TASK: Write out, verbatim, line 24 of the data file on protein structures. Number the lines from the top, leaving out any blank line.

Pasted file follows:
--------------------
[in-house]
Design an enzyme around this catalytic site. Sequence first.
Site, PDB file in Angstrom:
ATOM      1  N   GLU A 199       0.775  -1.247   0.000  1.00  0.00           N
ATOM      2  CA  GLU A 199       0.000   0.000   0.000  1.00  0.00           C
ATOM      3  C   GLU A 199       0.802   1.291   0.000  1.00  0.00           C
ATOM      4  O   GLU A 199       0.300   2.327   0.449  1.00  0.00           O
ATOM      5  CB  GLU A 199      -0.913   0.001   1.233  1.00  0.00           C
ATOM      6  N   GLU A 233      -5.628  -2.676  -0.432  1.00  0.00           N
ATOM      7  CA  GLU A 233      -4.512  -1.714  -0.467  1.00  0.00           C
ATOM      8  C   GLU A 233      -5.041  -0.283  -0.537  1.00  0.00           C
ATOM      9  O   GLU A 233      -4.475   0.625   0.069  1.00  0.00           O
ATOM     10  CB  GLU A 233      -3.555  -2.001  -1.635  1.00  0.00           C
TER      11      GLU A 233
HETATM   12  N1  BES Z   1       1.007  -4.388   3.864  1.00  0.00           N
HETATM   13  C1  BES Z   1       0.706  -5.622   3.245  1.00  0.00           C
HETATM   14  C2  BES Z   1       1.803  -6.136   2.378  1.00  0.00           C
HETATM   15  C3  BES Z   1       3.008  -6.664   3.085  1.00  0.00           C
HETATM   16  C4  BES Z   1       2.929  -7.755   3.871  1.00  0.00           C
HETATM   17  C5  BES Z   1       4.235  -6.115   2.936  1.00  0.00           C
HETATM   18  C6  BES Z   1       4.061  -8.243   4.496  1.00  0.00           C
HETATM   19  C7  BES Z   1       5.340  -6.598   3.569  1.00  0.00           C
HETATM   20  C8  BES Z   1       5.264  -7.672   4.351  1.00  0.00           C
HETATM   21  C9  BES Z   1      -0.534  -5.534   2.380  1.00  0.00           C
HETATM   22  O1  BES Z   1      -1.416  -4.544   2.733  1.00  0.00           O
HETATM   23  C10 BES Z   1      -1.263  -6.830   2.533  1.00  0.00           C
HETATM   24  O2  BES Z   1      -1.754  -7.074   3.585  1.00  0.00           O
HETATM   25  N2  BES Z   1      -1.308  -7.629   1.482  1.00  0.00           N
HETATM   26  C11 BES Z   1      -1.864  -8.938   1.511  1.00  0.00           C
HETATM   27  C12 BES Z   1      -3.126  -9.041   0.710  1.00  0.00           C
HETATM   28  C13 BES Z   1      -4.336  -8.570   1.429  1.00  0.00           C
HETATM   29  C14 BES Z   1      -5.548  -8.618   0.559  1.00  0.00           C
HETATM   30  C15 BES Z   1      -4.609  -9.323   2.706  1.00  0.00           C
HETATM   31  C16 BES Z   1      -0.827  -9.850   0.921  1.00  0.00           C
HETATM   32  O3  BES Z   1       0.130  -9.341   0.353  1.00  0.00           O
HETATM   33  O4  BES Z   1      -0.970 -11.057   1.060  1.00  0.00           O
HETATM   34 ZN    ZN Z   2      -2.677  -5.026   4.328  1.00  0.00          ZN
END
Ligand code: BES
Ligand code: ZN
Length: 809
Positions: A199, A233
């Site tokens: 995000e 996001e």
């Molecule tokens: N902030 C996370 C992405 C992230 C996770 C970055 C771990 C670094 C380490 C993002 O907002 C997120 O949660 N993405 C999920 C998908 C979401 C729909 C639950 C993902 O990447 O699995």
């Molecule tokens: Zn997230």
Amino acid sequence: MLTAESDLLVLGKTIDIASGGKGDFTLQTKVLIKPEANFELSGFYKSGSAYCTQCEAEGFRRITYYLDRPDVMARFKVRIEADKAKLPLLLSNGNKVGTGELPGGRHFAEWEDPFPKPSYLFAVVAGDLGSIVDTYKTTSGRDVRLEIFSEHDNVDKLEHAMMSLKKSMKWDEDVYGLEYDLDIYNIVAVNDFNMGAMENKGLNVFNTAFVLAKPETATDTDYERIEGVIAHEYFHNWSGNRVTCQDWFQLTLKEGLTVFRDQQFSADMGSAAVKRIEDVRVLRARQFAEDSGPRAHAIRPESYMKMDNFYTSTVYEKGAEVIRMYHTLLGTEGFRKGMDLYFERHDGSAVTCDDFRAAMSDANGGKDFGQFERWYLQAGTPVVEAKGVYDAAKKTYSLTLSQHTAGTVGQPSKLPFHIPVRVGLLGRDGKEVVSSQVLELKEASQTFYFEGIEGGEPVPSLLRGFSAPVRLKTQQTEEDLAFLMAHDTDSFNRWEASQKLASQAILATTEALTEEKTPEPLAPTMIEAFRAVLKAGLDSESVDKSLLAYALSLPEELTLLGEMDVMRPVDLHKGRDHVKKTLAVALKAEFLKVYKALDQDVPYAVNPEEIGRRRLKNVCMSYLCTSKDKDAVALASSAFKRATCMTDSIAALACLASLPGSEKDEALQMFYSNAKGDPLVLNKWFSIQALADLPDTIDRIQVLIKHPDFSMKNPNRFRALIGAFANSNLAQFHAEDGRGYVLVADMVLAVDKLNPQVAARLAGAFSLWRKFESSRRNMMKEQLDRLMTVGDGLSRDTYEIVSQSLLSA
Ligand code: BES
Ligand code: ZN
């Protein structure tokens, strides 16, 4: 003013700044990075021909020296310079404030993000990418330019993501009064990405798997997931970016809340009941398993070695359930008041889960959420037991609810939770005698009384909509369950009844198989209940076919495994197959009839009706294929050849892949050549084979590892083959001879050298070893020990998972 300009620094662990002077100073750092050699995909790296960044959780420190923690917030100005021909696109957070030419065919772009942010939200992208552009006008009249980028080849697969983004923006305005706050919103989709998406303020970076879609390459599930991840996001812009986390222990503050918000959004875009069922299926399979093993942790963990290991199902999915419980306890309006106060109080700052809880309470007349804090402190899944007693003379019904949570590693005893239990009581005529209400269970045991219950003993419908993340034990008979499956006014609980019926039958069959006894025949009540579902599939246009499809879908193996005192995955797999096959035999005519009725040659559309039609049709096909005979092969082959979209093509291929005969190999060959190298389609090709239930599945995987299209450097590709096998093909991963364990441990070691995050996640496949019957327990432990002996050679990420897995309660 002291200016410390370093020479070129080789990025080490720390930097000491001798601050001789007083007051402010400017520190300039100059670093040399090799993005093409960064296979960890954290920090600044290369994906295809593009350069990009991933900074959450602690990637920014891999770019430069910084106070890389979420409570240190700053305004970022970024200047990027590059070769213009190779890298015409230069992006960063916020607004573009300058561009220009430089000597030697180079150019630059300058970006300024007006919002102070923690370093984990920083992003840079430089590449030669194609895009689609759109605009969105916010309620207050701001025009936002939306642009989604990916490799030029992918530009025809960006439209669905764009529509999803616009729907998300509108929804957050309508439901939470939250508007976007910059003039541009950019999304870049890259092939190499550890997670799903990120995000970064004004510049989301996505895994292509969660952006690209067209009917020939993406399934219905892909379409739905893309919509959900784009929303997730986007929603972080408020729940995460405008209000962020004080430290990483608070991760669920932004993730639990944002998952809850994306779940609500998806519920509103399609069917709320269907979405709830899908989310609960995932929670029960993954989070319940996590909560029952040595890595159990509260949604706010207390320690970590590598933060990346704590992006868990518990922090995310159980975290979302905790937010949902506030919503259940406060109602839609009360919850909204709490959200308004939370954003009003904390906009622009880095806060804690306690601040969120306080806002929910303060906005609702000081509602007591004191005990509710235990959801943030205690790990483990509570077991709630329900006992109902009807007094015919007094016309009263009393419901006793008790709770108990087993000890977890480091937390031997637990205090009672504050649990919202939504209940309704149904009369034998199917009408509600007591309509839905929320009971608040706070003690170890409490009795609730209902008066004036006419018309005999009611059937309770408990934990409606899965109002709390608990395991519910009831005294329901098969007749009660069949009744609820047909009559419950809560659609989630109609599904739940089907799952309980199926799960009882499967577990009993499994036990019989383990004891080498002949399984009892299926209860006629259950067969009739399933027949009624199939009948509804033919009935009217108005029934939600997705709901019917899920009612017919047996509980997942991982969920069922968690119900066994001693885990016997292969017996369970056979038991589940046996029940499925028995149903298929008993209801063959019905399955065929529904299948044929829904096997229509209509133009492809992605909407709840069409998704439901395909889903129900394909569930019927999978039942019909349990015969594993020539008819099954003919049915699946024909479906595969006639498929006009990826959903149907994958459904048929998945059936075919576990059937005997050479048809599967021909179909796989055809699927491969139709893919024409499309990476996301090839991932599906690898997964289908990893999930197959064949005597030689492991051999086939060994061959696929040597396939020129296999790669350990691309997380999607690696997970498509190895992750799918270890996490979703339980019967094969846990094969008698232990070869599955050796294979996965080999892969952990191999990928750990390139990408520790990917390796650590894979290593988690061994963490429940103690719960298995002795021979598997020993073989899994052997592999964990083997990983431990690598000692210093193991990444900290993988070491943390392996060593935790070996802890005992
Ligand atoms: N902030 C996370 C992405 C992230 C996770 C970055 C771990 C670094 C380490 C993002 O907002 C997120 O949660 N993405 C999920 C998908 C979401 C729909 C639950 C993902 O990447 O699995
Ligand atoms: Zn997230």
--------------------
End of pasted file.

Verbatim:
HETATM   21  C9  BES Z   1      -0.534  -5.534   2.380  1.00  0.00           C